.comment-link {margin-left:.6em;}

The Diamond Mountain Blog

This is an unofficial blog of news and info from Diamond Mountain University and Retreat Center which was founded by Geshe Michael Roach and Lama Christie McNally in the Tibetan Buddhist tradition of the Dalai Lamas.

Saturday, December 17, 2011

Near Christmas

More and more I have little to say about the care taking experience out here at DMU. It's not that there is nothing to talk about. It is that what there is to say sounds too much like gossip. Even if one didn't have vows steering one away from gossip and therefore it's harmful effects, it wouldn't be cool. There will always be interpersonal drama large and small in any small group of people you throw together in the middle of the desert. But talking about it in this format is, I think, no good. Also, for this particular experiment that is the Great Retreat, it is important to keep the mental image of the thing pure. Why? Because maybe prayers and meditations from people outside the retreat actually reach those inside the retreat. If so, it's best if the prayers are pure and not cluttered with gossip issues that may or may not be true. Having a pure mind helps the care takers in particular. In the first three year retreat our teachers did it was reported that sometimes the food that the care takers made for them was not edible. The care takers confirmed that on those occasions they had been arguing in the kitchen while they prepared the meal. While we don't make meals for the retreatants, usually, we handle all their food in package form. I do not want to see the day that half of the groceries we send to someone come back with a note that says something like "All this food tastes like it has gone bad for some reason" and we can trace it to a care taker brawl before delivery.
I am a strong believer in the idea that at some point on a person's spiritual path they must die to themselves in some way. Some ignorant way that the seeker thinks of themselves must go away in order for a new person to emerge. Which is why a long solo retreat is so valuable. If there is no one around to reinforce the old way you think about yourself, then you have a better chance of planting really strong mental seeds to see a new you in the future. I can therefore see the merit in forgetting about the retreatants for the middle part of their three years, to quiet the mental inquiry we are sending to them. Keep the money coming, however. Humor, that was humor and also true.
Christmas is near. In honor of Jesus, go occupy some public place and talk about things that the establishment doesn't want to hear. Make sure that the government doesn't like it and the police don't like it and accepted religious institutions don't particularly like it. It should even make you uncomfortable. Things like "Love your neighbor and love your enemy" and "You're going to reap what you sow." Then feel really grateful that you can do so while keeping love in your heart. That's the hard part. It's the love that makes all the difference.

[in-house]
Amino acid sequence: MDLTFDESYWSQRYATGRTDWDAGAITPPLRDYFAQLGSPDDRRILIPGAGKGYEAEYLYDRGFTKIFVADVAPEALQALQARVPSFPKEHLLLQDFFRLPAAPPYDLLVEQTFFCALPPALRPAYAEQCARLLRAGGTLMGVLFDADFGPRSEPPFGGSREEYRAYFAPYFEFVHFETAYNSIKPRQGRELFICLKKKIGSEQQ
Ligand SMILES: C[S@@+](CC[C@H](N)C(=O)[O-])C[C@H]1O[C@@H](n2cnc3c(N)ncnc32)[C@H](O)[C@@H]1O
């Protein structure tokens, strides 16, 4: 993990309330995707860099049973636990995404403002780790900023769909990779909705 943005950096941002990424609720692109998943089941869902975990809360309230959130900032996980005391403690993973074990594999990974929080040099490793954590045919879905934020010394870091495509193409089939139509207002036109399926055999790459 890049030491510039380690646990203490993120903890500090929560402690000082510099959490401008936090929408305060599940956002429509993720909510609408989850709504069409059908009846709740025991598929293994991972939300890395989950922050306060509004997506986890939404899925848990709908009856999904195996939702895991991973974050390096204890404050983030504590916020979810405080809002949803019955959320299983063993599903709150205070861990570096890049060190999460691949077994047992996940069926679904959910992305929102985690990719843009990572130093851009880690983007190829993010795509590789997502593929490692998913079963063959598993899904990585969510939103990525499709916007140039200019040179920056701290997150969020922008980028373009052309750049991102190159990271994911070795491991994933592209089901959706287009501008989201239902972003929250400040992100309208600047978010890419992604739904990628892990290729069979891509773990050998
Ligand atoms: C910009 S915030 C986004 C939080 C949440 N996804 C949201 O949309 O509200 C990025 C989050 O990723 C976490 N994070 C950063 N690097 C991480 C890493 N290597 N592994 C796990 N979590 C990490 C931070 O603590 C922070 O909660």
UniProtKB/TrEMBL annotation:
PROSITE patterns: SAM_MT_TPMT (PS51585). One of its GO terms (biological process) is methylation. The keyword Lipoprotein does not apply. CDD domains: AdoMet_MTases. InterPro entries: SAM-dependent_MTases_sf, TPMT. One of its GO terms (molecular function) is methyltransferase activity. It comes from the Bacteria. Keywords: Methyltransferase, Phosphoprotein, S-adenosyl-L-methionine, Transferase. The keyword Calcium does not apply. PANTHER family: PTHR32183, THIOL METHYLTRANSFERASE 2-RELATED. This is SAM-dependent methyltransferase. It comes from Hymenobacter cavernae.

Monday, December 05, 2011


We have had our first freezing temperatures this year at Diamond Mountain. I think that all the care takers who were around at the beginning of retreat (in other words, all of us still here) have been thinking back to the record breaking freeze we had back then. I think the retreatants will all be taking new measures to keep their lines from freezing. We insulated everything we could think of so we should be fine. A few of the cabins are heated with wood stoves so we have delivered a lot of firewood recently. Most cabins heat with propane. Several cabins were designed to catch and hold heat and I am curious how they preform in an "average" year out here.
By Spring I plan to be living somewhere other than here. As my time as a care taker winds up I see that this blog will be less about the people in retreat and more about the lives of the group of people caring for them. And then I think that there is less and less to say about them that doesn't sound like gossip. Even without vows against it, gossip is no good for anyone. It is so important for everyone to have a good feeling in their heart as they serve the retreat. Really, it is the same for every activity in our lives.
It has almost been a year that I have lived alone in my little house deep in the desert. Personally, I have gone through a lot of new emotional issues. As the year comes to a close I feel, to my own surprise, that I am on the other side of a couple of the more negative places that I was stuck in. I now am starting to think more of other people during my waking hours, which is still not very much. Reflecting, I think some of my anger was from parts of my ego that were no longer given the spot light. They were pissed off because they were dying. Labels I had consciously or unconsciously given myself were falling away in the unrelenting quiet of solitude. I think that if a person can really get into it, the study of ones own mind is the most beneficial and fascinating thing to do with ones life. Second only to spending your life in the service of others. And that, really, could look like any occupation. What matters is the motivation you have while you do it and the intensity with which you remember why you are doing it.